Jiu jitsu, judo and thaiboxing were the fighting sports that Farzin Sadegh practiced when he first participated in an MMA, a free fight. When he felt stronger than his opponent but lost, he became interested in Brazilian jiu jitsu.
“In that fight, I constantly felt myself to be the upper party”, explains Farzin Sadegh, his choice for this branch of martial arts. “But when we went into battle, I was defeated. The technique used by my opponent was incredibly effective. Although I was stronger and fitter, at that time I was third in the Netherlands in jiu jitsu, I went under. That made me want to learn that sport. I was convinced of the effectiveness of the technique and became enthusiastic.
Brazilian jiu jitsu does not originate from jiu jitsu, but from judo. “The sport was developed by the Brazilian Gracie family,” explains Farzin Sadegh. “When judoka Maeda emigrated to Brazil, he learned the Ne Waza, ground techniques, at the Gracie’s. They then further evaluated, developed and tested the techniques. They then used the developed techniques in Vale tudo events, fighting matches without rules. The techniques proved so effective that they were superior in the ‘real battles’. They made sure that they quickly brought their opponent to the ground to check him in ground combat and to force a submission by means of arm clamps, leg clamps or strangulations. But in addition to being a particularly effective martial arts technique, it also became a sport in itself that grew rapidly in Brazil and later also grew up in the United States.
After his decision to master Brazilian jiu jitsu techniques, it took some time before the fighting athlete living in Delft made great progress. However, this changed when the Brazilian top Cadu came to teach. “At Cadu I went to train full-time for five years,” Farzin looks back. “Then, five times a week, I trained purely in technology. How well did I get out of it? For three years I have won all the tournaments in which I participated. These were tournaments in the Netherlands, Belgium and France. I was also allowed to participate in the World Cup in Brazil in my class. I did a good job there, too. Only missed the final at one point. So at that time I fought on a very high level. Still, I have always seen it as a hobby. Furthermore, I have always tried to get the best jiu jitsu gi to support my traning efforts. Certainly in the Netherlands there was no money to be made from it. I did think about a career in Brazil or the United States, but in the end I chose my study and my job. Have I ever regretted that? Well, the only thing I find difficult is to accept that you can’t maintain that high level. But that is, of course, inevitable. Now it is no longer possible to do as much as I had to leave at my peak. I have too busy a job for that.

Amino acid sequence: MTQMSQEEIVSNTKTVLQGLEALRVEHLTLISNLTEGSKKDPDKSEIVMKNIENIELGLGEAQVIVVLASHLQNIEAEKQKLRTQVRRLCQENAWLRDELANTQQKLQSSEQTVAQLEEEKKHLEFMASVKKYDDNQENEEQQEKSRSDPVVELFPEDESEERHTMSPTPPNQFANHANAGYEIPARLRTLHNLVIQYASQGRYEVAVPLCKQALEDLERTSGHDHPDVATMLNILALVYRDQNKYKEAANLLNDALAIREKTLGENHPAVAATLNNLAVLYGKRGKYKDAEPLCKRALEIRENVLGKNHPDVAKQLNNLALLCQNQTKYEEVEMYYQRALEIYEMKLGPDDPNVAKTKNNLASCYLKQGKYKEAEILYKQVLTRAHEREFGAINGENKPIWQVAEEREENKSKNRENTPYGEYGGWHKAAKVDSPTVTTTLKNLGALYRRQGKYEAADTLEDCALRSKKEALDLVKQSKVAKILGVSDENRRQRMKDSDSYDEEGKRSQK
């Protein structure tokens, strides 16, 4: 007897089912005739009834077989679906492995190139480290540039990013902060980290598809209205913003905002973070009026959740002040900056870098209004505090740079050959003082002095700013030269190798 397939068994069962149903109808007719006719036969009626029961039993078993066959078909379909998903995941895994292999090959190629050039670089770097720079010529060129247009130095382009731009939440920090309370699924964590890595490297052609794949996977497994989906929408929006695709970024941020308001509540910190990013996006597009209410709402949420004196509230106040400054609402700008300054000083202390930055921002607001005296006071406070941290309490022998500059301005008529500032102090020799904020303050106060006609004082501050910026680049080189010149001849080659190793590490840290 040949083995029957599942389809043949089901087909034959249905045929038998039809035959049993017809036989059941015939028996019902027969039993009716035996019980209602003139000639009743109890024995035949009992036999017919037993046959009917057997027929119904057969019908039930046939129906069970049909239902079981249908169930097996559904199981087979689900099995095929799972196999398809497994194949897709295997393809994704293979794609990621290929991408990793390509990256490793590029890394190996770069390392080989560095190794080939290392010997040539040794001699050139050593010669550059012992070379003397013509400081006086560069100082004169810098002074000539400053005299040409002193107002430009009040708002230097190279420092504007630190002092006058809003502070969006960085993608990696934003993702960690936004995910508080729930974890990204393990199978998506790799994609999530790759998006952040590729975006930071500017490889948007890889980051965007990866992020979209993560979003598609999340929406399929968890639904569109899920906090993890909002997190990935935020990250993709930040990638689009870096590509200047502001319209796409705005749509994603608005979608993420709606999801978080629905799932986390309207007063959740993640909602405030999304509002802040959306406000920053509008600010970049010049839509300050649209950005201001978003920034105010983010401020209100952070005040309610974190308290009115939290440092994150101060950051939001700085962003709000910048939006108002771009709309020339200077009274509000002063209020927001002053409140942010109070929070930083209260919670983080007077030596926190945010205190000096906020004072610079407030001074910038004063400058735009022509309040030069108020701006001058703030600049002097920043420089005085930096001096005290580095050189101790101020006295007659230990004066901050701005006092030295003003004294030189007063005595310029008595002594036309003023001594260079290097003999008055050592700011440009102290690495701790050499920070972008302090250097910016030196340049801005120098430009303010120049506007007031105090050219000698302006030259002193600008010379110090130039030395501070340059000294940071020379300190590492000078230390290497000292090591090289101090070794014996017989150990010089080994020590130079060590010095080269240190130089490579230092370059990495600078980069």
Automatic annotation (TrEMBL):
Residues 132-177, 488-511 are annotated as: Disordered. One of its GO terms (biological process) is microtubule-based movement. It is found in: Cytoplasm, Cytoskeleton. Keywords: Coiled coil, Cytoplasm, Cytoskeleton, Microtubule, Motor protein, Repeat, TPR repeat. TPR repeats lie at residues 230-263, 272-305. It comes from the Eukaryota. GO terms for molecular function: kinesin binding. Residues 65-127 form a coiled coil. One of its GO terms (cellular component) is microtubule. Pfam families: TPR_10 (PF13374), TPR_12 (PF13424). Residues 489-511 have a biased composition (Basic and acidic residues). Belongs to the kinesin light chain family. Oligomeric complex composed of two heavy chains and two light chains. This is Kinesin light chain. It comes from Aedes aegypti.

Since 2008 Farzin has also been a teacher in Brazilian jiu jitsu and in this way he continues to push his sporting boundaries. “At the time, I missed targeted, effective training in the area and therefore decided to set up my own team. That was without any commercial purpose. Purely out of enthusiasm and hobbyism. I am now giving training three times a week with the aim of getting the boys on the team to a high level and to guide them through their tournaments. That is already bearing its first fruit. Ernst van den Brugge recently won everything in England in his own weight class and in the heaviest weight class. That boy has a lot of quality. I do not think, however, that talent and results are the most important thing. If a boy in the team works hard, shows commitment and is always there, he will always be able to count on my support and guidance. That’s what I do it for.
According to Farzin, who started giving Brazilian jiu jitsu lessons at the TU Delft this week, there are several reasons why the sport is growing in popularity. “It is a real sport. The techniques are extremely effective and the team atmosphere is fantastic. You really have to take each other to a higher level. That also radiates from it. There is a great deal of mutual respect. Moreover, it is more modern than traditional martial arts. It is looser and has few traditional habits. I think that this makes it attractive to young people. What’s more, you never get learned. The founder of the sport rolled over the mat up to the age of 80. I think I will continue to do this sport until I am 80. I like to do it, the atmosphere is good and it’s fun to train.